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I aerate from my boiler to the fermenter via a hose it seems to work fine, all my beers go of like a freight train. Most that i have seen brew use different methods some go from 1 to the other, others with a spoon.

Stagger
 

Duff

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Stagger said:
I aerate from my boiler to the fermenter via a hose it seems to work fine, all my beers go of like a freight train. Most that i have seen brew use different methods some go from 1 to the other, others with a spoon.

Stagger
[post="78793"][/post]​
Same as well Stagger, I siphon from the boiler at height through a straining bag held in place in the top of the fermenter (30L) and have foam coming right to the top every time.
 

Batz

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Mine too is airated, from the boiler to the CCFC , then through a "T" that has a stainless airation stone fitted

Photo shows fittings before plumbing , tel-tru fitted as well so I can keep an eye on the cooling rate


Batz
 

vlbaby

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I used to aerate my brews with a s/s air stone. But my last 4 brews i havent done so because my sterile filter broke. To be honest, I havent noticed any differences without it.
I am starting to think lately that aeration might be just another tale of BS that seems to get about in homebrewing. :ph34r:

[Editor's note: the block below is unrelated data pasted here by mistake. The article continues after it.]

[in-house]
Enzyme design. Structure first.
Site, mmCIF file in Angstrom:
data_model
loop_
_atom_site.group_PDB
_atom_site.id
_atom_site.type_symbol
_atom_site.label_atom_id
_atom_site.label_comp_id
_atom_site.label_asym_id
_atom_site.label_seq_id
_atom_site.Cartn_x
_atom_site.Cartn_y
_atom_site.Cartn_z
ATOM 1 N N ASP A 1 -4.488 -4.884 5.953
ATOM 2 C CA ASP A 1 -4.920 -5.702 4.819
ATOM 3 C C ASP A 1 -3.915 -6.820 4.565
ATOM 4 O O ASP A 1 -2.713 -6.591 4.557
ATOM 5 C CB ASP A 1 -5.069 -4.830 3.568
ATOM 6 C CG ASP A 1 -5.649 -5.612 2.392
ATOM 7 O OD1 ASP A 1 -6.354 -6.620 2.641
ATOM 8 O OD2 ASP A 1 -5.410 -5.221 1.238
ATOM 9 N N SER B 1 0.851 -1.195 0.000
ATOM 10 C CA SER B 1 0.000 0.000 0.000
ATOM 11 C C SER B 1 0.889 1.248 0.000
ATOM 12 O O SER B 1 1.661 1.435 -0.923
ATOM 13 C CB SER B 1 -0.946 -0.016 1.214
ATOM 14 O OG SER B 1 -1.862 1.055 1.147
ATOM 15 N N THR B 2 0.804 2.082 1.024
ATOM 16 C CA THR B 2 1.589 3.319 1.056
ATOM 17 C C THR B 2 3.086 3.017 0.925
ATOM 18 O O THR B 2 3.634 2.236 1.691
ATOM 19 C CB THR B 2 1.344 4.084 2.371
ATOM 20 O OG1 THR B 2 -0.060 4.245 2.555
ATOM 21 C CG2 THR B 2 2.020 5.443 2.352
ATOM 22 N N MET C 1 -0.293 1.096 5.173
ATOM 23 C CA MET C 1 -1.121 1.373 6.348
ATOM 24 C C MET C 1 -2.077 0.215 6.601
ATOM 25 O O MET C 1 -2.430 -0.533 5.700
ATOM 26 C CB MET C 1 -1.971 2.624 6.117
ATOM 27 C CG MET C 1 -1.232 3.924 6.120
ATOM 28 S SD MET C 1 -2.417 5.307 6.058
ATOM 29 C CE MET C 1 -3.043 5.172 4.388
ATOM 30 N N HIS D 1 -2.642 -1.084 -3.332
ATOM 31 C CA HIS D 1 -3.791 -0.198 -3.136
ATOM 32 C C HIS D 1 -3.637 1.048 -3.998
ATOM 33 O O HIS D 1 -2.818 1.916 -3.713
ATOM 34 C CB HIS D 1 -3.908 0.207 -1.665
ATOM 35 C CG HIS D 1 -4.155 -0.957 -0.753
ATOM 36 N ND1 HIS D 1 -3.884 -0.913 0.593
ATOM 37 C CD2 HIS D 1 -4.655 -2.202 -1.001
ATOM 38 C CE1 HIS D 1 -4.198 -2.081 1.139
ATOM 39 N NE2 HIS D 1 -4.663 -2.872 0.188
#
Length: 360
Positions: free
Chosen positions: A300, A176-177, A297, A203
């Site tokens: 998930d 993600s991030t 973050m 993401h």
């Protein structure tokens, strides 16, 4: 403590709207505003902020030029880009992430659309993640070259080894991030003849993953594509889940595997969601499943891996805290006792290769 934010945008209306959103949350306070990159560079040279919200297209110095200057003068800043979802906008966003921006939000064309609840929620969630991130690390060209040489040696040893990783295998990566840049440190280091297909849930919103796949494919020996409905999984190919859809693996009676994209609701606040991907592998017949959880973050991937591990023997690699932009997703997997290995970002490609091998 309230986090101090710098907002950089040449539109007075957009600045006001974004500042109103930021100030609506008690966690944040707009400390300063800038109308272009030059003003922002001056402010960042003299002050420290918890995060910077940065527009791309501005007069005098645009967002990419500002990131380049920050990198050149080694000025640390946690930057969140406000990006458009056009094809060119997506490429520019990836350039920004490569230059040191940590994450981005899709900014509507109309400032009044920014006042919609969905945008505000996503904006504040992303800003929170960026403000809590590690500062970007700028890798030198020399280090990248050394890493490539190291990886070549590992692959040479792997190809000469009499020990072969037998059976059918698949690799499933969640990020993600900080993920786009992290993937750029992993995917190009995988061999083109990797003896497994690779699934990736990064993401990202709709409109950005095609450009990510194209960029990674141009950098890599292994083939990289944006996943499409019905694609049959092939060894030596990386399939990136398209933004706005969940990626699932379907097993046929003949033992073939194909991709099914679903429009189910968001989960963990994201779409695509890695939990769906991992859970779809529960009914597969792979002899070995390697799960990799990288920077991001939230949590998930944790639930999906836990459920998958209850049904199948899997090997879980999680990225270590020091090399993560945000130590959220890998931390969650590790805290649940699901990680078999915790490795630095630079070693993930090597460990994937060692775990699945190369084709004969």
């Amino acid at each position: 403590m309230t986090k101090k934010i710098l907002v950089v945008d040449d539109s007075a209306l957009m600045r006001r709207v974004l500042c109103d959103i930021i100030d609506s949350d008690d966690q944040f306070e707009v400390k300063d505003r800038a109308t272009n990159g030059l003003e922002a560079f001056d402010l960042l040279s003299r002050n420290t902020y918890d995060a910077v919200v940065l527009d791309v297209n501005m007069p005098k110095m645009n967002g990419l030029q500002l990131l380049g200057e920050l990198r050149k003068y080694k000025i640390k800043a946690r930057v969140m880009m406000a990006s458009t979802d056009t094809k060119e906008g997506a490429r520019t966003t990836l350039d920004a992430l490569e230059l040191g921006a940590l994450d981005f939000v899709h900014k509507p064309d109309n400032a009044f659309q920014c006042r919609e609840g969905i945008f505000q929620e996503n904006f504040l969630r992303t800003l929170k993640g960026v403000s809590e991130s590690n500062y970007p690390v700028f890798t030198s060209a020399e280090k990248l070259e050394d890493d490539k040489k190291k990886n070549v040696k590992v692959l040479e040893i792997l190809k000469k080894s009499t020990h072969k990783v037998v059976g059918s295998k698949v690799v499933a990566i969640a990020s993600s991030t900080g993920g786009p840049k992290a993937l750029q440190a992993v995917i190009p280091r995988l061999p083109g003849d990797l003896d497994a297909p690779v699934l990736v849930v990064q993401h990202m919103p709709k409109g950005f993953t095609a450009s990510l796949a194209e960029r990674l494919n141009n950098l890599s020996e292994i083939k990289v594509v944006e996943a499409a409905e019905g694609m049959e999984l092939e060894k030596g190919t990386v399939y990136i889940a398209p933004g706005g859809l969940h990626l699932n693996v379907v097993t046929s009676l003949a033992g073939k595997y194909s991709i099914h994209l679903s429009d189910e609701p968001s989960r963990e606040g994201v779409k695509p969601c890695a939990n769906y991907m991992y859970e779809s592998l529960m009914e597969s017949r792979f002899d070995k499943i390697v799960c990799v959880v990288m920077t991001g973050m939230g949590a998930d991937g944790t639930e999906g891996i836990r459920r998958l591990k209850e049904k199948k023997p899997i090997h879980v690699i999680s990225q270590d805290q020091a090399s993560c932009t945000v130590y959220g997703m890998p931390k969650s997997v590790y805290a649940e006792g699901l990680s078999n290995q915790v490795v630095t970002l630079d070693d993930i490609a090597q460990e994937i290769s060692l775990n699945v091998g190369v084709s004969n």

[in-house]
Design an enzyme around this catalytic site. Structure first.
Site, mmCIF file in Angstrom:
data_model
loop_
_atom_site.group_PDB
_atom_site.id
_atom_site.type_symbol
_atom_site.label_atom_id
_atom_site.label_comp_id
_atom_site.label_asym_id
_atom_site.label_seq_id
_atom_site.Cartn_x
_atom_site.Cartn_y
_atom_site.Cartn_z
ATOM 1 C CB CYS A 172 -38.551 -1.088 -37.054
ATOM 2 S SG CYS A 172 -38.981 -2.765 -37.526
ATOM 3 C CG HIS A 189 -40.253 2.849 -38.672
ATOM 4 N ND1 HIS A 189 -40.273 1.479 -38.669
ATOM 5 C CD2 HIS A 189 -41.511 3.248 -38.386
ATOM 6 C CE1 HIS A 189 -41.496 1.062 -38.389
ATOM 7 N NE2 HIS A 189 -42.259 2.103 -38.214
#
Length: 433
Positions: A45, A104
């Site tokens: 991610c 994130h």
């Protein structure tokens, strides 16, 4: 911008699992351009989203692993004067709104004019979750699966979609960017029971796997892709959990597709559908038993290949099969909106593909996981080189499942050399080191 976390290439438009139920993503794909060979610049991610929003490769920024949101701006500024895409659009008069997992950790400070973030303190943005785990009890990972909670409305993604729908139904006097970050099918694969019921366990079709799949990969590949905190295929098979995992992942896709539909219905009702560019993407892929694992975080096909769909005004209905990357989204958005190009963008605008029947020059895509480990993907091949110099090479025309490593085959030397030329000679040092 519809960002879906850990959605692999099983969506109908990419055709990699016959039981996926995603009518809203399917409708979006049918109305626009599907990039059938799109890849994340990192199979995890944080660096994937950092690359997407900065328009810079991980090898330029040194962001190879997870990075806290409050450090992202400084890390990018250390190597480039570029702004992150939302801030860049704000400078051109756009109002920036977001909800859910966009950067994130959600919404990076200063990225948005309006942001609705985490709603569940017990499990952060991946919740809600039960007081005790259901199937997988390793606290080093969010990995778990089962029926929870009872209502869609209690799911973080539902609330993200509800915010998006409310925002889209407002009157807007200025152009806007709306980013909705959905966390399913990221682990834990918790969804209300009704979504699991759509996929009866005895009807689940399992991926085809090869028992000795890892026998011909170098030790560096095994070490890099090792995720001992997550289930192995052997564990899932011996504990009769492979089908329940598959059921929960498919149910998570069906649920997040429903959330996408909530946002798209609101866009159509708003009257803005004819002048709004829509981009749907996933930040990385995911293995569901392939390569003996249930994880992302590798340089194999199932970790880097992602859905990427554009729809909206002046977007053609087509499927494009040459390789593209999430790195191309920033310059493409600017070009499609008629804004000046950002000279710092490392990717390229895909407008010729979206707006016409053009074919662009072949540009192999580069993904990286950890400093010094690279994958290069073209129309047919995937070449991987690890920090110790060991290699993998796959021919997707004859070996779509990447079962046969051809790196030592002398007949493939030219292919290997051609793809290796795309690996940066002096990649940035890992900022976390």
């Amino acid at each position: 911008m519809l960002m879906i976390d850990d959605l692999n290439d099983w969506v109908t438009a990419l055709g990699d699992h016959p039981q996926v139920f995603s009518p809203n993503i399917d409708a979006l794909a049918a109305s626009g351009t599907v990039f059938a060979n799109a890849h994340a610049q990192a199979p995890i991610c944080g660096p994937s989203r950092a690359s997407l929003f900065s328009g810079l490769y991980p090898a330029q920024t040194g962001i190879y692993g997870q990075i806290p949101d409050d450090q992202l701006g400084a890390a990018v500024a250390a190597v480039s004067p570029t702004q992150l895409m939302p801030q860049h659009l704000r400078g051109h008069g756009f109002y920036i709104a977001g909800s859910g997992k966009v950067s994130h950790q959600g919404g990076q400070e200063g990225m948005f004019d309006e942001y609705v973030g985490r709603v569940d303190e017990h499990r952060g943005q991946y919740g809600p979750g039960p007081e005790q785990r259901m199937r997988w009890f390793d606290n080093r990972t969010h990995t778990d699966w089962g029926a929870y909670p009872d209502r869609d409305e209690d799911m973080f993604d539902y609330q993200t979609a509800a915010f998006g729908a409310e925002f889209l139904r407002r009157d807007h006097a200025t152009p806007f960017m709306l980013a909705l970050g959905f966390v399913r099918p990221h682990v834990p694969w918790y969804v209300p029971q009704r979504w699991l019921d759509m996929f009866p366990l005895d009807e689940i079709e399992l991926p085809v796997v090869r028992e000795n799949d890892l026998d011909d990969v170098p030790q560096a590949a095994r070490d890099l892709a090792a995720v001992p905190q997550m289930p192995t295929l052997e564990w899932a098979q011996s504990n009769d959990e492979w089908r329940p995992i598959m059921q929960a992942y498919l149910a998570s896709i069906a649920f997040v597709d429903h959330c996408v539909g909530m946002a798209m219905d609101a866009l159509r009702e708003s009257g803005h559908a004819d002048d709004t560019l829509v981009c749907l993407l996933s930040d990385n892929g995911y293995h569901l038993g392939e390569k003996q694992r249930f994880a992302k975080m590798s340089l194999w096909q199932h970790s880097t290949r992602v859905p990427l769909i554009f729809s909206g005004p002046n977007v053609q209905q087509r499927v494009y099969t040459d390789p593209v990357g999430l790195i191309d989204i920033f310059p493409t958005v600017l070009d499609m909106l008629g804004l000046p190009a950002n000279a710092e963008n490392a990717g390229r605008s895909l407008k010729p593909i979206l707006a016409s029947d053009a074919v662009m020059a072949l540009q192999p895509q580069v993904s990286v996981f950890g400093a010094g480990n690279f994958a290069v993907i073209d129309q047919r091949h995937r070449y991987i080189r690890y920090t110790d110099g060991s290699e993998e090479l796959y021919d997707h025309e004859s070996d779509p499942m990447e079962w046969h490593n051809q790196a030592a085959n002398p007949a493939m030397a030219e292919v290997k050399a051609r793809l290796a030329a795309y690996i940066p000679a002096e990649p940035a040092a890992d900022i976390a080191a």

Feel free to correct me if u wish. :p


vlbaby.
 

Doc

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Since I started doing inline aeration very similar to Batz's setup, I've definitely noticed that my beer reach high krauzen a lot quicker than they used to.

Beers,
Doc
 

Batz

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I agree Doc
We know yeast requires sugars and oxygen to survive , yes many other things contribute as well.

So I believe in giving the yeast a kick start , sort of like fertilizing your hops , they will grow without it yes , but what a difference with a little TLC.

Batz
 

AndrewQLD

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I tend to agree as well, since I started vigorous aeration I have found that my beers wiil ferment down very well, quite often exceding the yeasts stated attenuation levels, and this never happened before I started to aerate aggresively.

Andrew
 

dicko

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Hi Batz,